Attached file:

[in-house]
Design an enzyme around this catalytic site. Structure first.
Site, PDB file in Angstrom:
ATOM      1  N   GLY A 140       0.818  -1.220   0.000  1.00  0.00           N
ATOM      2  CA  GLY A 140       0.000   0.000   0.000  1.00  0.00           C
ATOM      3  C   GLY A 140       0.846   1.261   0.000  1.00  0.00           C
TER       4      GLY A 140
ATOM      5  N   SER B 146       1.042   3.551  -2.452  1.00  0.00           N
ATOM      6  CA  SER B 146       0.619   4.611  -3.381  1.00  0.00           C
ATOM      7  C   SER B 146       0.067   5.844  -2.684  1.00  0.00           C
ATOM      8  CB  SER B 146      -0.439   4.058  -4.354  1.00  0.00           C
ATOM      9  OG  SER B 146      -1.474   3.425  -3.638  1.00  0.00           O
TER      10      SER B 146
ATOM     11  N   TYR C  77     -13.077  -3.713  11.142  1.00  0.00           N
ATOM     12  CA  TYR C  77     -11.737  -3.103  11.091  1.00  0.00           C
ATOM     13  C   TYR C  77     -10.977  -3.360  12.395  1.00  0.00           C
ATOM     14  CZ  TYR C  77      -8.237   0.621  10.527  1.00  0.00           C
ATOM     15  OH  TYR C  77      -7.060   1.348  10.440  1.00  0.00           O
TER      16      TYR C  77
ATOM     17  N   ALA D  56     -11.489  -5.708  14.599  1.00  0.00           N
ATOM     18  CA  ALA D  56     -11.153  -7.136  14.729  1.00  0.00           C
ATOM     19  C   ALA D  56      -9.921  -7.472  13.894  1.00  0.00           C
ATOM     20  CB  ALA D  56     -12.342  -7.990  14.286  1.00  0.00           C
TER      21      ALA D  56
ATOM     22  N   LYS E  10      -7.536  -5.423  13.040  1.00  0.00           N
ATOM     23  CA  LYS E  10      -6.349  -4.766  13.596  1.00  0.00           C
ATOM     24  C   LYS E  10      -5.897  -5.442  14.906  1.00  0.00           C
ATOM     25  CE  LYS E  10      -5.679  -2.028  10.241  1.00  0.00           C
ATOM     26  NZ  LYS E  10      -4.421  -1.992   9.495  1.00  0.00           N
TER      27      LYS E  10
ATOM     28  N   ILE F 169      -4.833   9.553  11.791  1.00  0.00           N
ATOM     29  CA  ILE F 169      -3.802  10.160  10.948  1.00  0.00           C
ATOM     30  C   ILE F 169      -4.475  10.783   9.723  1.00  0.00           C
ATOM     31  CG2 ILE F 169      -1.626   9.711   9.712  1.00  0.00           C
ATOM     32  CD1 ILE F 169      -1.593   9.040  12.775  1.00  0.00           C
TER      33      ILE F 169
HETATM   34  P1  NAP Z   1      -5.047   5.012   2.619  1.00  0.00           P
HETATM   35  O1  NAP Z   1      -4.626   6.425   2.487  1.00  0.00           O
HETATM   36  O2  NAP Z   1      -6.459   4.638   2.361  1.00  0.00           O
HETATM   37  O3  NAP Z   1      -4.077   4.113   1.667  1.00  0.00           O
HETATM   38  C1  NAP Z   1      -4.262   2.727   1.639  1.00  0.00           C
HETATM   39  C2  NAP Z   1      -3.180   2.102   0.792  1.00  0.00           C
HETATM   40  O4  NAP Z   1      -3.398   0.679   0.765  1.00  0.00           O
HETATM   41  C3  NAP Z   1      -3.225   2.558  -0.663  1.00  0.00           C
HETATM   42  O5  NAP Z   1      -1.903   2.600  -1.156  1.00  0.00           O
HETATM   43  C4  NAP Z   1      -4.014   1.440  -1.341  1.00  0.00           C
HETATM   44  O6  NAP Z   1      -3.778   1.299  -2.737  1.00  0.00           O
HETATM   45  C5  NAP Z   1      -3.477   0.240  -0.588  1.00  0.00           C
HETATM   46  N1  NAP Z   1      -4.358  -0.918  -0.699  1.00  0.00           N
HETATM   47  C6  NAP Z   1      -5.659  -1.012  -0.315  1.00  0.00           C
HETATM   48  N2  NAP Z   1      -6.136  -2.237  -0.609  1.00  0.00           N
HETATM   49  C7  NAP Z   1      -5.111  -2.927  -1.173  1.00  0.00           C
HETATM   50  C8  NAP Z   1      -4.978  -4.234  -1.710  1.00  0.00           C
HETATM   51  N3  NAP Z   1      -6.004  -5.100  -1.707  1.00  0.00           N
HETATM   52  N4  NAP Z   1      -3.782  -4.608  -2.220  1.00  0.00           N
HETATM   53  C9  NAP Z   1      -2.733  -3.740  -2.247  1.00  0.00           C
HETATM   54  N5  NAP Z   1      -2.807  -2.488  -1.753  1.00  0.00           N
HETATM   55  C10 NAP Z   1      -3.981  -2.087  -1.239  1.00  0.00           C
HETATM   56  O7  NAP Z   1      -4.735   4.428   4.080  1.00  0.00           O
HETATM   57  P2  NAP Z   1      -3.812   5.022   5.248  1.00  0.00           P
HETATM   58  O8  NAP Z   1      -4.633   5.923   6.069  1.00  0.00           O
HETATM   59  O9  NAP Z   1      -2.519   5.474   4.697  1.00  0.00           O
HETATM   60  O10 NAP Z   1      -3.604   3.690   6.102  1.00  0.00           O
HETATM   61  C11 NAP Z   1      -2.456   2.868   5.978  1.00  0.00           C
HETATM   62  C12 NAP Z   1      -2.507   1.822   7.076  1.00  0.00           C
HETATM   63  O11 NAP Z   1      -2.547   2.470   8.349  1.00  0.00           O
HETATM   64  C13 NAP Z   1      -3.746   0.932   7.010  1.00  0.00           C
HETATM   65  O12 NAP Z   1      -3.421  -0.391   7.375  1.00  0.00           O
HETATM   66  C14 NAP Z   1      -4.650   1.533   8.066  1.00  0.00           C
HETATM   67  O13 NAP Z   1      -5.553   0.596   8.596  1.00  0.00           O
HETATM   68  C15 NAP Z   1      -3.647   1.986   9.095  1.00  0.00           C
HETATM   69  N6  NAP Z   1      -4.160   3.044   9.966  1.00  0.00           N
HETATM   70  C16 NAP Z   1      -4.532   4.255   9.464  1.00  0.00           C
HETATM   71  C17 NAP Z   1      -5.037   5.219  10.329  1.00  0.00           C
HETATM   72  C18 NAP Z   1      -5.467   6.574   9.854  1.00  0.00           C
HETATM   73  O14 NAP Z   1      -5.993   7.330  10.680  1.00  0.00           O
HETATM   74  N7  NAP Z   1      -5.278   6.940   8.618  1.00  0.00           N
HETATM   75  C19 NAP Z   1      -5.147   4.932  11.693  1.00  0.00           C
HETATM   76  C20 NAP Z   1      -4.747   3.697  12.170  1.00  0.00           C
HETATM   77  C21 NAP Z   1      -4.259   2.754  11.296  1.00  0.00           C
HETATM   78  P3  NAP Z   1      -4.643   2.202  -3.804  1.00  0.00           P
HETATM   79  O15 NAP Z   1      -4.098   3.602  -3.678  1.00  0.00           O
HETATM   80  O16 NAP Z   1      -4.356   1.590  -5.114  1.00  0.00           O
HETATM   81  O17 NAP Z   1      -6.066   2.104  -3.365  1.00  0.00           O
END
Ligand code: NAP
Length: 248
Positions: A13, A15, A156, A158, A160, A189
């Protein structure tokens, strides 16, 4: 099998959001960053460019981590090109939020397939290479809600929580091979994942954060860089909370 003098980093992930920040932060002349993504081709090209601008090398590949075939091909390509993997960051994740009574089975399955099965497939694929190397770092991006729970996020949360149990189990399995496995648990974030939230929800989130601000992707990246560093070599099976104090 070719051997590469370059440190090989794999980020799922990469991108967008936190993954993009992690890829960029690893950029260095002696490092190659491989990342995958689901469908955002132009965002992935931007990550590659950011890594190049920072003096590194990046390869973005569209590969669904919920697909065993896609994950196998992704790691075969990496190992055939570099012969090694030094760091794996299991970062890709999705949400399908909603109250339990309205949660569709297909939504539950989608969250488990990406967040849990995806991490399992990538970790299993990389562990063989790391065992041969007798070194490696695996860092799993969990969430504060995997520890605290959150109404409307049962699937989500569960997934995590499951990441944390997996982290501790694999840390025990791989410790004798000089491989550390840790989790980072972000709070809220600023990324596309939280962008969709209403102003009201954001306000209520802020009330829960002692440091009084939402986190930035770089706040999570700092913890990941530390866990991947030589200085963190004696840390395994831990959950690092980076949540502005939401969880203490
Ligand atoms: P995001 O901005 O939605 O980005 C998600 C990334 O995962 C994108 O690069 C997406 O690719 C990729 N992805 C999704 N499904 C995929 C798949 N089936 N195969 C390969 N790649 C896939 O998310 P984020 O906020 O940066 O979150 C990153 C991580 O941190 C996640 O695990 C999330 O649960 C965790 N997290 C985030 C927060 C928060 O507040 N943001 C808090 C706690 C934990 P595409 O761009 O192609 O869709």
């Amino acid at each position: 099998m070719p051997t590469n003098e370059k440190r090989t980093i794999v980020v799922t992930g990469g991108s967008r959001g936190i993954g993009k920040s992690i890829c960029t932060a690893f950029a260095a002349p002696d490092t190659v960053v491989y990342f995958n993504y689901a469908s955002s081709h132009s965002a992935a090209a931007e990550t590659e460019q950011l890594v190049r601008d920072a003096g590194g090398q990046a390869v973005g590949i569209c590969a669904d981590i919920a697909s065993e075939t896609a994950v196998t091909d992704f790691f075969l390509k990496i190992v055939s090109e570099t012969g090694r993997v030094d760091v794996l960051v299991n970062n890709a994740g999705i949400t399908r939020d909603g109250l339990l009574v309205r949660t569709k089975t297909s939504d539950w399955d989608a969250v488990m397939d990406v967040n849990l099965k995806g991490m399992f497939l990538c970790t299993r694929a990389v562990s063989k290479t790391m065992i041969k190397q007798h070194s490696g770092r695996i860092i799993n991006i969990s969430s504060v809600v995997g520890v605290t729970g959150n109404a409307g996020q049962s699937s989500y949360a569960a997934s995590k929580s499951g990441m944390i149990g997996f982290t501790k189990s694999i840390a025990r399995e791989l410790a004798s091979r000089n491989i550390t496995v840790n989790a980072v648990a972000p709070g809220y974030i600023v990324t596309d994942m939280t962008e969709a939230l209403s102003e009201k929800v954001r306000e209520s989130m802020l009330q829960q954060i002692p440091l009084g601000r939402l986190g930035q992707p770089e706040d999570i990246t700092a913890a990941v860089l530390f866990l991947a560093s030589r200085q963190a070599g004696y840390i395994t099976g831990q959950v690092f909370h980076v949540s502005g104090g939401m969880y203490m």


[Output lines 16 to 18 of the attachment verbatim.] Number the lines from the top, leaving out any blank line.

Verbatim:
ATOM     13  C   TYR C  77     -10.977  -3.360  12.395  1.00  0.00           C
ATOM     14  CZ  TYR C  77      -8.237   0.621  10.527  1.00  0.00           C
ATOM     15  OH  TYR C  77      -7.060   1.348  10.440  1.00  0.00           O